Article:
Archive for February, 2013


February 23, 2013


Does the road wind up-hill all the way?
   Yes, to the very end.

—Christina Rossetti

life’s a road
that runs uphill
strife and toil
always will
be the daily
plight of all
who breathe

cursing fate’s
a waste of time
find your beat
and live your rhyme
cherish all
you can before
you leave

Richard W. Bray

Under an Arch of the Railway: In Praise of W. H. Auden on his One Hundredth Birthday

February 21, 2013

railway arch

I’d like to read one of W. H. Auden’s best-known poems and one of the best-known poems, I suppose, modern poems of the last ten years. Probably someone will find that it was written in the last nine years, but it doesn’t matter…”As I walked Out One Evening.”

—Dylan Thomas (from the Caedmon Collection)

No poet consistently knocks me on my tailbone the way W.H. Auden does. Listening to Auden read Death’s Echo from the Voice of the Poet recordings makes me want to lie down in the fetal position and turn out all the lights.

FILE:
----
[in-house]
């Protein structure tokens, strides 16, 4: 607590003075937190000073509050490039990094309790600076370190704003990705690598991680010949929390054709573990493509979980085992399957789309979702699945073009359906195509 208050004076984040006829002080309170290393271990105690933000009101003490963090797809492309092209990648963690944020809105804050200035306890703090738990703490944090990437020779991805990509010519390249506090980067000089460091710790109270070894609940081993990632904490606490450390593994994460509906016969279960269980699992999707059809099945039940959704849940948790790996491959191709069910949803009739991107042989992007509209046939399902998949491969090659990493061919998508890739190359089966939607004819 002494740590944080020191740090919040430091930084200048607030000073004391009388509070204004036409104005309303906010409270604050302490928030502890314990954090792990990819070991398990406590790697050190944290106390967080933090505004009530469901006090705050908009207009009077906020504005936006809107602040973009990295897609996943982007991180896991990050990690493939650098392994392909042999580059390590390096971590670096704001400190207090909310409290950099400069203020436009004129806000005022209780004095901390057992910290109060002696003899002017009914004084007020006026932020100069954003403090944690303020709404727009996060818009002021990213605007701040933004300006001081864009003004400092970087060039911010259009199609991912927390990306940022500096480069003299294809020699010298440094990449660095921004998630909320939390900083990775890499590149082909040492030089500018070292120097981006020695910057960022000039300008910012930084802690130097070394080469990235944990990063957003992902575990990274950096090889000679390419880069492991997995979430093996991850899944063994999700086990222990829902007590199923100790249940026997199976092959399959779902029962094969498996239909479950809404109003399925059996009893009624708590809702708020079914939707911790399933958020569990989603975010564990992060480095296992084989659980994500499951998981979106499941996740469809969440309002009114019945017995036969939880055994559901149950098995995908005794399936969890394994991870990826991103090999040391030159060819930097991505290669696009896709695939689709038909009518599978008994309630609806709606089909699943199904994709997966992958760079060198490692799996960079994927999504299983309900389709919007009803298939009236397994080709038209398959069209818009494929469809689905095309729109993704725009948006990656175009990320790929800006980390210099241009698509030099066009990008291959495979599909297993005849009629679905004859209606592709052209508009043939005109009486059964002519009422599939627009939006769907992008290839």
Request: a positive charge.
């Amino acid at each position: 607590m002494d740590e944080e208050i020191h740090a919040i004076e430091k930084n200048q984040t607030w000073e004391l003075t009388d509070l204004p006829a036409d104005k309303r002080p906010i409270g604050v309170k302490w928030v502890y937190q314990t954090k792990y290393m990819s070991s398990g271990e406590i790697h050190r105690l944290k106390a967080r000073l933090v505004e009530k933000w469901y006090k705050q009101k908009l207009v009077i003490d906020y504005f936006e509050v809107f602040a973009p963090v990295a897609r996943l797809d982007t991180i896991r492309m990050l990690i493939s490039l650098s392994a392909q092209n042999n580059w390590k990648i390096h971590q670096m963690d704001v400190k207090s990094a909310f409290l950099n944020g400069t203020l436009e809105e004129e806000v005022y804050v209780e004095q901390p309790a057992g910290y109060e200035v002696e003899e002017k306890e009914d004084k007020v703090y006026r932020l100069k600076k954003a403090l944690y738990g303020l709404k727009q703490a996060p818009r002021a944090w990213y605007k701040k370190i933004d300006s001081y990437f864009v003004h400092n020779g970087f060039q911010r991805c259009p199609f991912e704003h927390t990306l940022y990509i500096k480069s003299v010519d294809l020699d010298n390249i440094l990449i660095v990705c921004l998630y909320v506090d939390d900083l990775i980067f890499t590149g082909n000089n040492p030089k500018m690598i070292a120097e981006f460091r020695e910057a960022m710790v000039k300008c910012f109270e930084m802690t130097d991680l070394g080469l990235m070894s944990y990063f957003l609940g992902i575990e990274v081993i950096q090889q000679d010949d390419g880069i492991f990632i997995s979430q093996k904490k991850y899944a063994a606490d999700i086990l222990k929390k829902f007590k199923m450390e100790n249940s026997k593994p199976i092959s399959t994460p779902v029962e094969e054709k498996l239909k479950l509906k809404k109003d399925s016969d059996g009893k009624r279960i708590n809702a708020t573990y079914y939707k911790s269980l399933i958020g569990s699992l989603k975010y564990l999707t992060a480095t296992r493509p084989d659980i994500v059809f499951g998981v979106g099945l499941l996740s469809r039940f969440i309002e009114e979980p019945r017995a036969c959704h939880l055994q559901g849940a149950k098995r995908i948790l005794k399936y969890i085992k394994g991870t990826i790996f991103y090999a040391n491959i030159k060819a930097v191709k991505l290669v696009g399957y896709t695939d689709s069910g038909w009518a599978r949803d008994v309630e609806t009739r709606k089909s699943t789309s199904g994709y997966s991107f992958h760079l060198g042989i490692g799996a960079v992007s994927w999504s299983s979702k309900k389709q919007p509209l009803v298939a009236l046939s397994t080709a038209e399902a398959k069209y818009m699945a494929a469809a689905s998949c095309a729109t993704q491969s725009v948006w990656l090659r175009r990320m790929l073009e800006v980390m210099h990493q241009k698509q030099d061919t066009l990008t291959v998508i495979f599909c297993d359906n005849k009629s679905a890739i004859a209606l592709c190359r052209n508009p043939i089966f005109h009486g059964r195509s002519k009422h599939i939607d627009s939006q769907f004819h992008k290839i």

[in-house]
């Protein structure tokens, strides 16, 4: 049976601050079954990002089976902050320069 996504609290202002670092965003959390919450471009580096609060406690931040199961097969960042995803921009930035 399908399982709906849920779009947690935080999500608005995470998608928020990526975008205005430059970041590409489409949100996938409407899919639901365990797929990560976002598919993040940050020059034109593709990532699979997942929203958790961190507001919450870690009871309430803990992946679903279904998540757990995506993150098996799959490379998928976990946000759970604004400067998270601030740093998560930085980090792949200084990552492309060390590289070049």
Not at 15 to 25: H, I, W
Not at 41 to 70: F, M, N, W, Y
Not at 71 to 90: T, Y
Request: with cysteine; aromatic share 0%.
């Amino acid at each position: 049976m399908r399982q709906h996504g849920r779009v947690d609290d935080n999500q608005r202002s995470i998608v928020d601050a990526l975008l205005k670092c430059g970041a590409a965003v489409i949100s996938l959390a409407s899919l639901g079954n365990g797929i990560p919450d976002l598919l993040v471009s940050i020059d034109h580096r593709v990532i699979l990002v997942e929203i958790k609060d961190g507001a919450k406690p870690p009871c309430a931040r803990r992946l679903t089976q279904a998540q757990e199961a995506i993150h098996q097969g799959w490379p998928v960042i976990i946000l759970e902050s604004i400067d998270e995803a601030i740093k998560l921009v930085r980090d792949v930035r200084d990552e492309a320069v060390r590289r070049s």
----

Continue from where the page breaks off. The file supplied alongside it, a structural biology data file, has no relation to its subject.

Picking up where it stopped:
As I Walked Out One Evening, depressing as it is, leaves me with some hope, however. At my lowest points, I try to remind myself that my life remains a blessing although I cannot bless.

Each stanza of “As I Walked out One Evening” is by itself a masterpiece, containing more literary merit than you will find on this entire blog.

The theme of the poem is certainly nothing new: Everything human beings do and feel is ephemeral. But a poet’s task is not to discover new themes. As Richard Wilbur notes, the “urge of poetry” is to bring its subject matter “into the felt world.”

The poem has many notable lines, but I’d like to focus on one that seems mundane at first reading, line seven:

“Under an arch of the railway”

There are, of course, many less lovely ways to express this particular image: Beneath the railroad line, below the arch which a train passes over, underneath the elevated train tracks, etc. But Auden’s construction magically sings itself off the page and into my brain where it will remain until such time as I am forced to surrender my smidge of nitrogen to the World Fund

Richard W. Bray

The Three Don’ts of Divorce and an Amusing Preschool Teacher Story

February 19, 2013

kids playing with fire truck